KML announced the Canadian government will buy Trans Mountain and the expansion project for C$4.5B. Investor reaction was initially positive, but the stock fell 3% on the day. The sales price is highly attractive. We estimate that the assets being sold contribute about C$220M of EBITDA. If we apply a 12x multiple, it implies $2.6B of value with the remaining $1.9B attributable to TMX, nearly double the $1.1B spent to date for a project that could have been abandoned.
Search Coverage List, Models & Reports
Search Results1-10 out of 17
With U.S. production increasing fast, several big simplification announcements, and oil prices much improved, the fundamental tone was positive at MLPA. Turnout was reportedly higher than last year even with each of the large C-corps still sitting out of the event. That said, FERC and structure were clear overhangs. On FERC, we heard more questions than answers. Structure / simplification was discussed at nearly all our meetings and often overwhelmed the conversation. We think continued (and speedy) resolution around FERC / structural issues should help bring investor focus back to a strong fundamental set up, but there will be uncertainty in the meantime.
Last week we had the opportunity to meet with INGAA and the staff of FERC to review the latest on the changes on the pipeline regulatory policy front and the next steps to watch for. Overall we got a better understanding of the legal constraints FERC was under that led to the decision to change MLP tax policy to eliminate the tax allowance for cost based pipelines. We came away with the view that there is not much room to change the policy. In that context it is not a surprise that in front of the 501-G filings this fall that already many pipeline MLPs are moving toward corporate structures - SEP, EEP, WPZ, BWP, and TCP. Despite the MLP tax policy change being unwelcome, we still believe the acceleration of structural changes is a good thing for the sector.
The annual MLPA conference, newly renamed as the MLP and Energy Infrastructure Conference (MEIC), will be held May 22-24 in Florida. Many MLP management teams will be in attendance. This report is a helpful guide for investors attending and includes questions to ask for covered companies, as well as summary model information. Key industry topics are discussed below with company-specific topics in the body of the report.
KML remains highly disciplined and conservative around moving ahead on TMX. There are discussions ongoing with the federal gov’t around financial support (investment, backstop, etc). However, mgmt. made it clear that they also need other unspecified support – possibly legislation or other actions – to help mitigate B.C. risks and keep TMX going past the 5/31 deadline. Kinder has effectively created a crisis moment for politics in Canada forcing leaders to show their final hands, but we’re not confident there’s an easy fix. After plunging on KML’s announced suspension of TMX last week, the stock has rallied hard and is only 2.4% below its pre-announcement level. We stay Peer Perform rated but do worry investors may be getting ahead of themselves as a path forward is still uncertain and ongoing risks remain.
FERC’s proposed policy change to no longer allow MLPs to recover a tax allowance in pipeline rates is an unwelcomed overhang. The timing is bad. Fundamentals had just turned more positive and Q4 results were strong, but stocks have lagged due to a lack of sustained investor sponsorship and MLP fund inflows. Near-term, the new uncertainty and downward rate pressure created by FERC’s move hardly seems likely to now inspire new buying interest in the space. We think the 4.6% drop in the AMZ is a little overdone on a fundamental basis. That said, relative stock moves seemed generally rational with C-corps outperforming and more exposed MLPs down the most.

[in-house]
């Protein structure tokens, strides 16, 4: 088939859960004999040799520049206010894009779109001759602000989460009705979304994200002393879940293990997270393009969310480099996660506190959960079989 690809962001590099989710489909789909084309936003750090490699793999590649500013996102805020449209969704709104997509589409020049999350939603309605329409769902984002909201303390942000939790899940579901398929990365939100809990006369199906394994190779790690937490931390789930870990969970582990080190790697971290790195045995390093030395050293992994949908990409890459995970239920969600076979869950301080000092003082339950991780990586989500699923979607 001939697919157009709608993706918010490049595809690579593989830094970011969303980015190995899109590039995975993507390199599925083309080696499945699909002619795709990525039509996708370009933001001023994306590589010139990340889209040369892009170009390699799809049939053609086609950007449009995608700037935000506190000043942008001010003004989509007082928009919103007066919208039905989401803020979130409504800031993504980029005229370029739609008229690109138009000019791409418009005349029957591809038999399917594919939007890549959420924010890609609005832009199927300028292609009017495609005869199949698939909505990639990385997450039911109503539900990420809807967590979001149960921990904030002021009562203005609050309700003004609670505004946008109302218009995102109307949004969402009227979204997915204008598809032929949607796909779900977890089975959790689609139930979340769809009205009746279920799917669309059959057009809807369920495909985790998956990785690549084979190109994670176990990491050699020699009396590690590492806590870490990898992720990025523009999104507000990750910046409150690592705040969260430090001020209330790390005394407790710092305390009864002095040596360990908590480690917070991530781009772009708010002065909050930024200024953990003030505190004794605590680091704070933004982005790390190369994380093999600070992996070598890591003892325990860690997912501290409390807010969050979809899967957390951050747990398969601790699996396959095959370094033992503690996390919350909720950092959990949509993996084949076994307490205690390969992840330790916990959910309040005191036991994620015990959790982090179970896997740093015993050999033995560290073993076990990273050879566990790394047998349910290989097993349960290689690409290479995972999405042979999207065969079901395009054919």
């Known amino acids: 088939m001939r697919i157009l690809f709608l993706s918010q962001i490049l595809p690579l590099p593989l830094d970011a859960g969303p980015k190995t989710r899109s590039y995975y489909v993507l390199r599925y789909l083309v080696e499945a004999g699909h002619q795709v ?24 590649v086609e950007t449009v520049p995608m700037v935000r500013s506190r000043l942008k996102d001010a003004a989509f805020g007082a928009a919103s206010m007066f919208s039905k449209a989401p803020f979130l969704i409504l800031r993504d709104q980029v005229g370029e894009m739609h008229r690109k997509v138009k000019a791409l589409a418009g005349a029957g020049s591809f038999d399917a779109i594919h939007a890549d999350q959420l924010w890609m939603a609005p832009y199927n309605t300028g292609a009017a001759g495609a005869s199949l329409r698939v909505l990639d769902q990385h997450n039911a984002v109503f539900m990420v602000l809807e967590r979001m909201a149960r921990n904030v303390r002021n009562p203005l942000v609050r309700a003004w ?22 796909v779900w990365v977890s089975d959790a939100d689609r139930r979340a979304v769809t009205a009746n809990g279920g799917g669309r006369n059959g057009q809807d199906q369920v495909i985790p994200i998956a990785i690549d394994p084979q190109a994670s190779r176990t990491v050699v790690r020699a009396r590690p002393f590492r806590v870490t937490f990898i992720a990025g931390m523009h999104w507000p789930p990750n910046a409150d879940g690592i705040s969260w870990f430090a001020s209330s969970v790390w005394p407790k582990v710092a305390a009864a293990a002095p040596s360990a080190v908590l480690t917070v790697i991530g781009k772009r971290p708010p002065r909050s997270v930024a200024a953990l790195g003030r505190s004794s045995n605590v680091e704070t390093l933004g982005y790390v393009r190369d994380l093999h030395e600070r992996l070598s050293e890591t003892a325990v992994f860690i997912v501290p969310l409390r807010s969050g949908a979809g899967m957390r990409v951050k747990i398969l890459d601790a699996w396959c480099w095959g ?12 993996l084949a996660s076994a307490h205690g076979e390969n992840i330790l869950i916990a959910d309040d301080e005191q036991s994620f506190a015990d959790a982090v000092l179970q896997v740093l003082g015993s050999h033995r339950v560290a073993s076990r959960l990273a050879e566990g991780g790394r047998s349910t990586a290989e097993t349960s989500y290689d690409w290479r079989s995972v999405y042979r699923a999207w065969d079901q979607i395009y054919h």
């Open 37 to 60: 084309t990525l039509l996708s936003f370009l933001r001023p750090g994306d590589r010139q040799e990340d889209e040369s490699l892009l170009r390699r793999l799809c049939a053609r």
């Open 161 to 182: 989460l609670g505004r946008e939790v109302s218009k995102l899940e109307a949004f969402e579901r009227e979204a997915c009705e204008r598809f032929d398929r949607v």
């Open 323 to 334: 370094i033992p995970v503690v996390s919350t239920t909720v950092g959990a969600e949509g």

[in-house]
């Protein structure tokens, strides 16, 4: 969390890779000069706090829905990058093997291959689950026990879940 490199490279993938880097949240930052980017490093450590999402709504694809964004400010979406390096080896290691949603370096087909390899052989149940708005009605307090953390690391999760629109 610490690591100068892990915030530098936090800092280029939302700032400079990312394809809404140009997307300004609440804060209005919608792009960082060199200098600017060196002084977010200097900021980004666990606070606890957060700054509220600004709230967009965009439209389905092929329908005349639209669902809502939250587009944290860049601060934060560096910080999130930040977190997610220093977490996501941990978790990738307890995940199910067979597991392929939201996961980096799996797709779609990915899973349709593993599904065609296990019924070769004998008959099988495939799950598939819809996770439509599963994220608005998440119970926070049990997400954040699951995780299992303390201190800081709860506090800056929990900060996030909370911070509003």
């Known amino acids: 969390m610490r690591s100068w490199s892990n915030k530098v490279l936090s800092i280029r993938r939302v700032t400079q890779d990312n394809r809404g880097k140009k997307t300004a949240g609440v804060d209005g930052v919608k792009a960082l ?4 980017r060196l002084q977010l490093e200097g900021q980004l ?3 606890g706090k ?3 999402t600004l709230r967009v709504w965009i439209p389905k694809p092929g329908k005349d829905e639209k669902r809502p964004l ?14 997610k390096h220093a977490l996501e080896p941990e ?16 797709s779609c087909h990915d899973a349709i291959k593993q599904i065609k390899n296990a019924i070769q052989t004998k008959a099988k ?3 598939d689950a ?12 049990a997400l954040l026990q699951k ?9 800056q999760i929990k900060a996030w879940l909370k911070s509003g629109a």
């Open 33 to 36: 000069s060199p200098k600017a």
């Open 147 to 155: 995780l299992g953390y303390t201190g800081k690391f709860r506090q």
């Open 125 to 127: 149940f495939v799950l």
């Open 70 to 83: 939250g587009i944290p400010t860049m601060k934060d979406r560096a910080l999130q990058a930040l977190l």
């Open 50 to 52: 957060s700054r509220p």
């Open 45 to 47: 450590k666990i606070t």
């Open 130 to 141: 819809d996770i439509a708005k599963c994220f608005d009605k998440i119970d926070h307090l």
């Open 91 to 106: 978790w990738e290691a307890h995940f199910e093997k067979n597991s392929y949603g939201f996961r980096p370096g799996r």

KMI’s pause on meaningful construction of TMX makes a lot of sense. The NEB should rule on KML’s request for a federal permitting backstop within a month and the federal court challenge of the project is ripe for decision by Q2. These are key risk hurdles and it would be imprudent for KML to spend significant money before attaining clarity. That said, another 3 month delay since the timeline provided just a month ago was discouraging and leaves us without much confidence. As discussed in our KML note, we have revised our TMX base case to a 2022 in-service (1 year delay vs. KML guidance).
Management language has become increasingly clear that KML will not move ahead with TMX until key legal / regulatory hurdles are resolved over the next several months. KML reiterated a “primarily permitting” approach to TMX spending and pushed back the in-service date another 3 months to December 2020 (assuming no mitigation). We think this strategy makes a lot of sense from a value standpoint and recognize it is not easy for the company even if it is the right thing to do. That said, we continue to recommend that investors wait on the sidelines. While KML may rally some if near-term risks are mitigated, there is still a long road to go and we think the risk-reward skew favors waiting. We’ve updated our base case for TMX to a 2022 in-service date (1 year delay vs. KMI guidance). Our valuation now gives a 55% weighting to this base case, a 20% weighting to a bull-case (COD 2021), and a 25% weighting to an abandonment scenario. Our TP remains unchanged at $18/share. See Ex. 5 / p. 3 for
We do not see a lot of direct benefits for the midstream space from corporate tax reform: MLPs already do not pay taxes and not many C-corps are cash taxpayers. This stands in contrast to other sectors that are positioned to see a meaningful improvement in both earnings and cash flow. That said, we still see a lot of positives for the sector in 2018 – resumption of DCF/unit growth, better commodity fundamentals, and a more attractive relative valuation to the market.
- 1 of 2
- next →